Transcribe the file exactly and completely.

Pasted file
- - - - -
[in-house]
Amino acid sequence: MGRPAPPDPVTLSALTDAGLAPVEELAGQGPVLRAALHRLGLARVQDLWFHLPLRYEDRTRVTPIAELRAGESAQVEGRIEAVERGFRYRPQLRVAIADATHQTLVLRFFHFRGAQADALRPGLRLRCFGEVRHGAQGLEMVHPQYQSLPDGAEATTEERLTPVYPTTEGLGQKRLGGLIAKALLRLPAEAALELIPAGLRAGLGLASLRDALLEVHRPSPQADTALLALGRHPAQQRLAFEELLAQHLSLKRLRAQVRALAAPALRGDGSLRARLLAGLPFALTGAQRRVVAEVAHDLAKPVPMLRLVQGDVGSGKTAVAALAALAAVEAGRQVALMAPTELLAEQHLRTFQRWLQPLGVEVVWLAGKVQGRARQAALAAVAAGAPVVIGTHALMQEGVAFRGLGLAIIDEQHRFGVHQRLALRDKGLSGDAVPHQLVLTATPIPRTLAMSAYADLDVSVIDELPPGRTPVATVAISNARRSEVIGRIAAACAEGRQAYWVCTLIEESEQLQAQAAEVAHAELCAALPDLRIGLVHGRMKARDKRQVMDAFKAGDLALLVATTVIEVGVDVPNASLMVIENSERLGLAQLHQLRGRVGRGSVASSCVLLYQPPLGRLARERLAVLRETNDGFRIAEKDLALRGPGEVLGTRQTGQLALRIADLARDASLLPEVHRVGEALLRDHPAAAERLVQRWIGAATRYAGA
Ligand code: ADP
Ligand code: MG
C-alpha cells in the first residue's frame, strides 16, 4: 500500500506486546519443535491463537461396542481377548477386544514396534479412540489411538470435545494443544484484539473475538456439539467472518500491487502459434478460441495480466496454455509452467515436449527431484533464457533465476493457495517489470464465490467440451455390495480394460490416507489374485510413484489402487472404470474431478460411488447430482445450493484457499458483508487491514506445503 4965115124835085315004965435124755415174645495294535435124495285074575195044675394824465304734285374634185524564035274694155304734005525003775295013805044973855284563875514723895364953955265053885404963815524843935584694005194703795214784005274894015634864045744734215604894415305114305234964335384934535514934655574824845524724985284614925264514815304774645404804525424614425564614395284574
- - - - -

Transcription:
[in-house]
Amino acid sequence: MGRPAPPDPVTLSALTDAGLAPVEELAGQGPVLRAALHRLGLARVQDLWFHLPLRYEDRTRVTPIAELRAGESAQVEGRIEAVERGFRYRPQLRVAIADATHQTLVLRFFHFRGAQADALRPGLRLRCFGEVRHGAQGLEMVHPQYQSLPDGAEATTEERLTPVYPTTEGLGQKRLGGLIAKALLRLPAEAALELIPAGLRAGLGLASLRDALLEVHRPSPQADTALLALGRHPAQQRLAFEELLAQHLSLKRLRAQVRALAAPALRGDGSLRARLLAGLPFALTGAQRRVVAEVAHDLAKPVPMLRLVQGDVGSGKTAVAALAALAAVEAGRQVALMAPTELLAEQHLRTFQRWLQPLGVEVVWLAGKVQGRARQAALAAVAAGAPVVIGTHALMQEGVAFRGLGLAIIDEQHRFGVHQRLALRDKGLSGDAVPHQLVLTATPIPRTLAMSAYADLDVSVIDELPPGRTPVATVAISNARRSEVIGRIAAACAEGRQAYWVCTLIEESEQLQAQAAEVAHAELCAALPDLRIGLVHGRMKARDKRQVMDAFKAGDLALLVATTVIEVGVDVPNASLMVIENSERLGLAQLHQLRGRVGRGSVASSCVLLYQPPLGRLARERLAVLRETNDGFRIAEKDLALRGPGEVLGTRQTGQLALRIADLARDASLLPEVHRVGEALLRDHPAAAERLVQRWIGAATRYAGA
Ligand code: ADP
Ligand code: MG
C-alpha cells in the first residue's frame, strides 16, 4: 500500500506486546519443535491463537461396542481377548477386544514396534479412540489411538470435545494443544484484539473475538456439539467472518500491487502459434478460441495480466496454455509452467515436449527431484533464457533465476493457495517489470464465490467440451455390495480394460490416507489374485510413484489402487472404470474431478460411488447430482445450493484457499458483508487491514506445503 4965115124835085315004965435124755415174645495294535435124495285074575195044675394824465304734285374634185524564035274694155304734005525003775295013805044973855284563875514723895364953955265053885404963815524843935584694005194703795214784005274894015634864045744734215604894415305114305234964335384934535514934655574824845524724985284614925264514815304774645404804525424614425564614395284574